Medical isotope supply chain faces challenges from COVID-19

21 April 2020

The production of medical radioisotopes has continued during the COVID-19 pandemic but bottlenecks in transport and distribution could lead to shortages at hospitals, according to an International Atomic Energy Agency (IAEA) survey of the research reactors where the isotopes are produced.

Radiopharmaceutical preparation in progress at Indonesia's National Nuclear Agency (Image: M Gaspar/IAEA)

The IAEA survey has shown that most "major actors" continue to produce radioisotopes during the lockdown triggered by the pandemic, as production facilities have been defined as "essential" by governments, the acting head of the IAEA's Research Reactor Operation and Maintenance Section, Ram Sharma, said. Most radioisotope-producing research reactors continue to operate, in line with the relevant IAEA safety standards, after having introduced measures to prevent the effects and spread of coronavirus, including the number of staff on site and social distancing measures, said Amgad Shokr, head of the agency's Research Reactor Safety Section.

Radiopharmaceuticals are medicines containing small amounts of radioactive isotopes used for the diagnosis and management of some cancers and other chronic diseases. Radioisotopes including molybdenum-99 - the short-lived isotope used in hospitals to produce the even-shorter-lived technetium-99m which is the world's most widely used medical radioisotope - are produced in a limited number of research reactors then transported to other countries, mainly by air. However, many airlines are no longer operating due to the pandemic, and border closures are also affecting the distribution of radioisotopes.

"The IAEA is working to assess the present need of medical radioisotopes, as most research and education activities using isotopes have been put on hold and many hospitals have delayed diagnosis applications," Joao Osso Junior, head of the IAEA's Radioisotope Products & Radiation Technology Section, said. The agency is to hold a webinar with stakeholders from around the globe to help define needs, share best practices of operations and identify means to ease the bottlenecks, in order to ensure the continuity of the supply chain for patients, he said.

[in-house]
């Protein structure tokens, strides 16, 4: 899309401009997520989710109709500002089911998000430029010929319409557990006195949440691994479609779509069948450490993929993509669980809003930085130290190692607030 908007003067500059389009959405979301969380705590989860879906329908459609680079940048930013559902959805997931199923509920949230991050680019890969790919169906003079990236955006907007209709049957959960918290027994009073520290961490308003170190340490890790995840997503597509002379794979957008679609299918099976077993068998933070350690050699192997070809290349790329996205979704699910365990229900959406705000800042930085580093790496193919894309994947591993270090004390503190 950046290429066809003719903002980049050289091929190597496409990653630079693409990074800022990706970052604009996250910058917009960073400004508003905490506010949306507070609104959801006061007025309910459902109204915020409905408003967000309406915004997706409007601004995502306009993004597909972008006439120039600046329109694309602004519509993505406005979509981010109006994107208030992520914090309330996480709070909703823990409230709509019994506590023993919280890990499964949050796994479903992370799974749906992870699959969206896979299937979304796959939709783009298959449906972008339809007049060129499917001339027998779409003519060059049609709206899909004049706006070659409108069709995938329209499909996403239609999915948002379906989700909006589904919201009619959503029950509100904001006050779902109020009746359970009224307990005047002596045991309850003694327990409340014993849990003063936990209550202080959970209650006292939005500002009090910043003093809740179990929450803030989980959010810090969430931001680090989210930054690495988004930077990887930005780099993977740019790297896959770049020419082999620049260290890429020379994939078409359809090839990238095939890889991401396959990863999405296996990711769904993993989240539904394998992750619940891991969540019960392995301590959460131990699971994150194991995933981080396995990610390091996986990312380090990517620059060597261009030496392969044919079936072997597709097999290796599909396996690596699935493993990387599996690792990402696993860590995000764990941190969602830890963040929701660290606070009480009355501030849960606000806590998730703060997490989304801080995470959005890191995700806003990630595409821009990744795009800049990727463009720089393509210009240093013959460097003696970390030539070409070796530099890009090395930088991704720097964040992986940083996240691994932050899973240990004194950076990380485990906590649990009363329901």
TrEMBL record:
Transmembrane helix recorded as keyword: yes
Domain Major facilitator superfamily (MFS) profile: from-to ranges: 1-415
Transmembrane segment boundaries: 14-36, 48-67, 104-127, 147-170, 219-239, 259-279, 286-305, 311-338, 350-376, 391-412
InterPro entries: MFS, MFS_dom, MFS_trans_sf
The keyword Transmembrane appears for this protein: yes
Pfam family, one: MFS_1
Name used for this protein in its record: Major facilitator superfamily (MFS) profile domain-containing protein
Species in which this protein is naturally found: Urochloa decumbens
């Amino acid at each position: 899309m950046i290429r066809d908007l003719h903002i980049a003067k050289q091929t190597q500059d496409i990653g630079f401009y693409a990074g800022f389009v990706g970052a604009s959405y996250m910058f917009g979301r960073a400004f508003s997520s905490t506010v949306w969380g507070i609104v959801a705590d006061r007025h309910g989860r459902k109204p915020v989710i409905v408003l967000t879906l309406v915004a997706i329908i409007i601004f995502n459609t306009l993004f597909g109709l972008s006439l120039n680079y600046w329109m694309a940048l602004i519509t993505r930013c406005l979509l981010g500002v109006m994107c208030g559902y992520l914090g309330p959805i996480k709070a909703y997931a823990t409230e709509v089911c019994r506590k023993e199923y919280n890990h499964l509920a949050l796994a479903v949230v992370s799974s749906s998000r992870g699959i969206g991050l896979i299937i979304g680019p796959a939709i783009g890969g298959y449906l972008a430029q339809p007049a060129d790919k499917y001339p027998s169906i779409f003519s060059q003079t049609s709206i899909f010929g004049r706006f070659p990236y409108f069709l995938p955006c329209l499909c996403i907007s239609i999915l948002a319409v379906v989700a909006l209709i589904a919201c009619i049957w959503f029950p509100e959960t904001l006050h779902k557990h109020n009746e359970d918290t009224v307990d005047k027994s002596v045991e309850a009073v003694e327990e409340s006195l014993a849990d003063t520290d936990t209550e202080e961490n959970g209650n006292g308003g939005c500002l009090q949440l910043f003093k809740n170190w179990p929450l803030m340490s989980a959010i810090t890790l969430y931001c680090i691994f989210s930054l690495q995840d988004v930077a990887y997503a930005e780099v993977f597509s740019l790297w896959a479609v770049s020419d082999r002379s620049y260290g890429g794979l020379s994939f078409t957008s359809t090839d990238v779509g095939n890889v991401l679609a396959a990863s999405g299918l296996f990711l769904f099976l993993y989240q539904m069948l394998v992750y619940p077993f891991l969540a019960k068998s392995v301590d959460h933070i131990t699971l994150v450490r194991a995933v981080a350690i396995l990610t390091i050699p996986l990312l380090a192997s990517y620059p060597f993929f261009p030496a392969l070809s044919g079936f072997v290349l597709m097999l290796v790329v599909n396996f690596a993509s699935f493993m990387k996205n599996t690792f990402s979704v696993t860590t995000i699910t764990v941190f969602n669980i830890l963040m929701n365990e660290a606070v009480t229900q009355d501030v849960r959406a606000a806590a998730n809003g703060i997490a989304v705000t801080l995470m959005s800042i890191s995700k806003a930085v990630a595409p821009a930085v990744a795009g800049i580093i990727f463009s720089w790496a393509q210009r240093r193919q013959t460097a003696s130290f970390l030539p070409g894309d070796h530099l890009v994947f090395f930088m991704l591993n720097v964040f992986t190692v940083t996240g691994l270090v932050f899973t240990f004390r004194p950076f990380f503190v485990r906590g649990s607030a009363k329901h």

Research reactors in Argentina, Australia, Belgium, France, Poland, the Netherlands, Russia, South Africa and the USA - the world's major producers of molybdenum-99 - all continue to operate, the IAEA survey found. However, hospitals in come countries have been forced to reschedule interventions as they are no longer receiving supplies of the isotope, the IAEA said.

It gave the example of South Africa, where the government announced a national lockdown from 27 March to prevent the spread of the virus. The Safari-1 research reactor and Nuclear Energy Corporation of South Africa subsidiary NTP Radioisotopes have continued operations to produce the medical radioisotopes the country supplies worldwide, after implementing operational restrictions to curb the spread of COVID-19 on-site.

Despite these measures, production is now below capacity, due to challenges in the cross-border distribution of the radioisotopes produced, the IAEA said. Some production batches have had to be cancelled due to the cancellations of flights. If further cancellations occur, the operation of the reactor may be scaled down and its operators may even consider a temporary shutdown.

"We would need help to assist the isotope distribution chain around the world to get the product to users worldwide. Highest medical priority is given to COVID-19 patients in most or all countries, but let us not forget the millions of patients who depend on medical radioisotopes and cannot get the product now," said Koos du Bruyn, senior manager of the Safari-1 reactor.

While some countries and companies are organising charter flights for the delivery of radiopharmaceuticals, not all governments can afford that, Osso Junior said.

Researched and written by World Nuclear News